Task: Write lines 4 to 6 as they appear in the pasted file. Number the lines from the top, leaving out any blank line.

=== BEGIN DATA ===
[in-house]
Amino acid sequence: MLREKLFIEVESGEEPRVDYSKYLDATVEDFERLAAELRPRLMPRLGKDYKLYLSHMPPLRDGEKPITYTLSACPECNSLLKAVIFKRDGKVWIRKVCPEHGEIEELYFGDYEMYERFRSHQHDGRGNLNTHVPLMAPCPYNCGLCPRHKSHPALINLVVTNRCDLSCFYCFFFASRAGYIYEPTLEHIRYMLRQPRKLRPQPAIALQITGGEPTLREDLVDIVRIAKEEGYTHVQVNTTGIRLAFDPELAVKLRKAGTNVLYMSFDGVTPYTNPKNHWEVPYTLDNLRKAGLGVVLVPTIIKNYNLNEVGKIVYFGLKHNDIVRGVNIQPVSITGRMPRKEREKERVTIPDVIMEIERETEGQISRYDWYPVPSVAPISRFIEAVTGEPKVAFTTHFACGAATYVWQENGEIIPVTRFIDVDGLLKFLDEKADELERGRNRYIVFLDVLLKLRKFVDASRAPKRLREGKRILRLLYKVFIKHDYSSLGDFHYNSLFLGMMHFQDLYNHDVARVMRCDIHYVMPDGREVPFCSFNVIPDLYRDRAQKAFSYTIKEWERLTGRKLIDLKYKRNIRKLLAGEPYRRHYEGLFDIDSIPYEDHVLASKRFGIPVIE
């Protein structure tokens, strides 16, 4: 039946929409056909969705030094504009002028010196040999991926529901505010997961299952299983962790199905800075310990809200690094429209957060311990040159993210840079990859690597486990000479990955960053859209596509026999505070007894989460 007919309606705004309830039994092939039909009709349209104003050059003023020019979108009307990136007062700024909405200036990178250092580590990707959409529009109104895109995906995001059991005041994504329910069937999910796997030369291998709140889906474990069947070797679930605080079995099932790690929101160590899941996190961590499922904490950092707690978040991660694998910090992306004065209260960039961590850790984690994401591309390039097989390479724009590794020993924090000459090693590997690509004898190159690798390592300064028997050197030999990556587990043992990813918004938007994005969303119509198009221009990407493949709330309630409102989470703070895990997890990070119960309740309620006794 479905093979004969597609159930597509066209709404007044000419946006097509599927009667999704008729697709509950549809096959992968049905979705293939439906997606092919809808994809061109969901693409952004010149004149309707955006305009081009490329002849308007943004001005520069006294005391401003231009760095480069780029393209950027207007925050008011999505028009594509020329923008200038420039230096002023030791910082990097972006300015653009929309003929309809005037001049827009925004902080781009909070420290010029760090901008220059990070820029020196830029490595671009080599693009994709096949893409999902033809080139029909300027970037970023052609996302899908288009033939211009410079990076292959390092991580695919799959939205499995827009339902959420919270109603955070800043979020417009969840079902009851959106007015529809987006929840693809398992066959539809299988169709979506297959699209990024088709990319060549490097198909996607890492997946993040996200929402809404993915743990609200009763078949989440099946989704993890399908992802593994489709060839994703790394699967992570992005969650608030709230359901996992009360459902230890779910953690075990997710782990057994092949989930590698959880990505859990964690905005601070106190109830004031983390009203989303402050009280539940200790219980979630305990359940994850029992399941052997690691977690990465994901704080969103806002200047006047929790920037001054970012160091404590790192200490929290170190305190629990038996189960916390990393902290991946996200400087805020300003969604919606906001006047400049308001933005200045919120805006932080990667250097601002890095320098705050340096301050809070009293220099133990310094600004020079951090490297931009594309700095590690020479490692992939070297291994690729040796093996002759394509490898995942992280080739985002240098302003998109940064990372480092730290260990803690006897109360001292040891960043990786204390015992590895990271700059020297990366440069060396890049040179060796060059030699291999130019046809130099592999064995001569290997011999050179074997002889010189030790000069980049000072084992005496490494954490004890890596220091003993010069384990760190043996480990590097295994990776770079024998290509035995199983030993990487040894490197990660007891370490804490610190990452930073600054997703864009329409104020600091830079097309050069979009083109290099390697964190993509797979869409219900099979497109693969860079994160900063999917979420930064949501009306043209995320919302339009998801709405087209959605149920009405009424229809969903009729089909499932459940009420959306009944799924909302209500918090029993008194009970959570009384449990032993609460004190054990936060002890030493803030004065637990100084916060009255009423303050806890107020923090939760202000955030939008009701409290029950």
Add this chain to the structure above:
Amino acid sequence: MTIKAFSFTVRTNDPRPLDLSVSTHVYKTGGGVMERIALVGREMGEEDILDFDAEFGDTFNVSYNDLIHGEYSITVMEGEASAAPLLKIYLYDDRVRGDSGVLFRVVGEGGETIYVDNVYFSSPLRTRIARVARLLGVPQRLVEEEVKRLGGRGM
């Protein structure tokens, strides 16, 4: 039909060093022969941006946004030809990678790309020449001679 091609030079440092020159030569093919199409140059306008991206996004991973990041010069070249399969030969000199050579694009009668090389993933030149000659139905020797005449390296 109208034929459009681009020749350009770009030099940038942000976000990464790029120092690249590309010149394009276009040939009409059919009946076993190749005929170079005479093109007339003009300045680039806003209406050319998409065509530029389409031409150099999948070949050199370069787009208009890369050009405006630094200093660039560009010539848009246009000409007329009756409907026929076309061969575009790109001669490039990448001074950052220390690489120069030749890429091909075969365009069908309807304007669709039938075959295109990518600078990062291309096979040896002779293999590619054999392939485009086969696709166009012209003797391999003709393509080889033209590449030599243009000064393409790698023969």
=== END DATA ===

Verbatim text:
Add this chain to the structure above:
Amino acid sequence: MTIKAFSFTVRTNDPRPLDLSVSTHVYKTGGGVMERIALVGREMGEEDILDFDAEFGDTFNVSYNDLIHGEYSITVMEGEASAAPLLKIYLYDDRVRGDSGVLFRVVGEGGETIYVDNVYFSSPLRTRIARVARLLGVPQRLVEEEVKRLGGRGM
């Protein structure tokens, strides 16, 4: 039909060093022969941006946004030809990678790309020449001679 091609030079440092020159030569093919199409140059306008991206996004991973990041010069070249399969030969000199050579694009009668090389993933030149000659139905020797005449390296 109208034929459009681009020749350009770009030099940038942000976000990464790029120092690249590309010149394009276009040939009409059919009946076993190749005929170079005479093109007339003009300045680039806003209406050319998409065509530029389409031409150099999948070949050199370069787009208009890369050009405006630094200093660039560009010539848009246009000409007329009756409907026929076309061969575009790109001669490039990448001074950052220390690489120069030749890429091909075969365009069908309807304007669709039938075959295109990518600078990062291309096979040896002779293999590619054999392939485009086969696709166009012209003797391999003709393509080889033209590449030599243009000064393409790698023969």